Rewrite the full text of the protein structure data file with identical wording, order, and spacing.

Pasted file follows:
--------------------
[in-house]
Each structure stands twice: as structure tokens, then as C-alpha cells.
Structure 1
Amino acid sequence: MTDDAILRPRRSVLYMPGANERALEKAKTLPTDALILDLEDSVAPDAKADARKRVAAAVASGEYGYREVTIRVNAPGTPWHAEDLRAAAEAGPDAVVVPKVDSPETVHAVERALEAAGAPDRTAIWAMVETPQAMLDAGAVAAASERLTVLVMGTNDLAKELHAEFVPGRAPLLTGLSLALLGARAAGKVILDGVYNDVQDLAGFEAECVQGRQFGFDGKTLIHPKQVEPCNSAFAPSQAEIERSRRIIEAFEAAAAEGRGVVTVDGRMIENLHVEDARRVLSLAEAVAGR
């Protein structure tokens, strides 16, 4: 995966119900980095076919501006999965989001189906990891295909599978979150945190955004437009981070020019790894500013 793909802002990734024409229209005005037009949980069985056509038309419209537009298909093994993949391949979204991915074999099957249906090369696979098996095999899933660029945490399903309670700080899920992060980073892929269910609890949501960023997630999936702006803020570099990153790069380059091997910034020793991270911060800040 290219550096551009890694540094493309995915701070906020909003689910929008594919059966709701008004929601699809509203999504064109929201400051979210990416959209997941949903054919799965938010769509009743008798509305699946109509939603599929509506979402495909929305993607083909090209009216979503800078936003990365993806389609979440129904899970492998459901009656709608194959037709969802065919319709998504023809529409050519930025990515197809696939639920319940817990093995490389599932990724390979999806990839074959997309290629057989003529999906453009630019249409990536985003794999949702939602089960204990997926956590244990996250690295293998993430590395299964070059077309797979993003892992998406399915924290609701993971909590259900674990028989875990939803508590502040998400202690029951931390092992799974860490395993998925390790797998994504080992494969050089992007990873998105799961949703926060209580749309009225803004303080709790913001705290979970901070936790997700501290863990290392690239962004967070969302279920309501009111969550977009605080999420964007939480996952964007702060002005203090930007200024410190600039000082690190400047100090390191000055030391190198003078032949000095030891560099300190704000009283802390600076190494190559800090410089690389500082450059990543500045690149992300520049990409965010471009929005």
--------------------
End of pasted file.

[in-house]
Each structure stands twice: as structure tokens, then as C-alpha cells.
Structure 1
Amino acid sequence: MTDDAILRPRRSVLYMPGANERALEKAKTLPTDALILDLEDSVAPDAKADARKRVAAAVASGEYGYREVTIRVNAPGTPWHAEDLRAAAEAGPDAVVVPKVDSPETVHAVERALEAAGAPDRTAIWAMVETPQAMLDAGAVAAASERLTVLVMGTNDLAKELHAEFVPGRAPLLTGLSLALLGARAAGKVILDGVYNDVQDLAGFEAECVQGRQFGFDGKTLIHPKQVEPCNSAFAPSQAEIERSRRIIEAFEAAAAEGRGVVTVDGRMIENLHVEDARRVLSLAEAVAGR
């Protein structure tokens, strides 16, 4: 995966119900980095076919501006999965989001189906990891295909599978979150945190955004437009981070020019790894500013 793909802002990734024409229209005005037009949980069985056509038309419209537009298909093994993949391949979204991915074999099957249906090369696979098996095999899933660029945490399903309670700080899920992060980073892929269910609890949501960023997630999936702006803020570099990153790069380059091997910034020793991270911060800040 290219550096551009890694540094493309995915701070906020909003689910929008594919059966709701008004929601699809509203999504064109929201400051979210990416959209997941949903054919799965938010769509009743008798509305699946109509939603599929509506979402495909929305993607083909090209009216979503800078936003990365993806389609979440129904899970492998459901009656709608194959037709969802065919319709998504023809529409050519930025990515197809696939639920319940817990093995490389599932990724390979999806990839074959997309290629057989003529999906453009630019249409990536985003794999949702939602089960204990997926956590244990996250690295293998993430590395299964070059077309797979993003892992998406399915924290609701993971909590259900674990028989875990939803508590502040998400202690029951931390092992799974860490395993998925390790797998994504080992494969050089992007990873998105799961949703926060209580749309009225803004303080709790913001705290979970901070936790997700501290863990290392690239962004967070969302279920309501009111969550977009605080999420964007939480996952964007702060002005203090930007200024410190600039000082690190400047100090390191000055030391190198003078032949000095030891560099300190704000009283802390600076190494190559800090410089690389500082450059990543500045690149992300520049990409965010471009929005």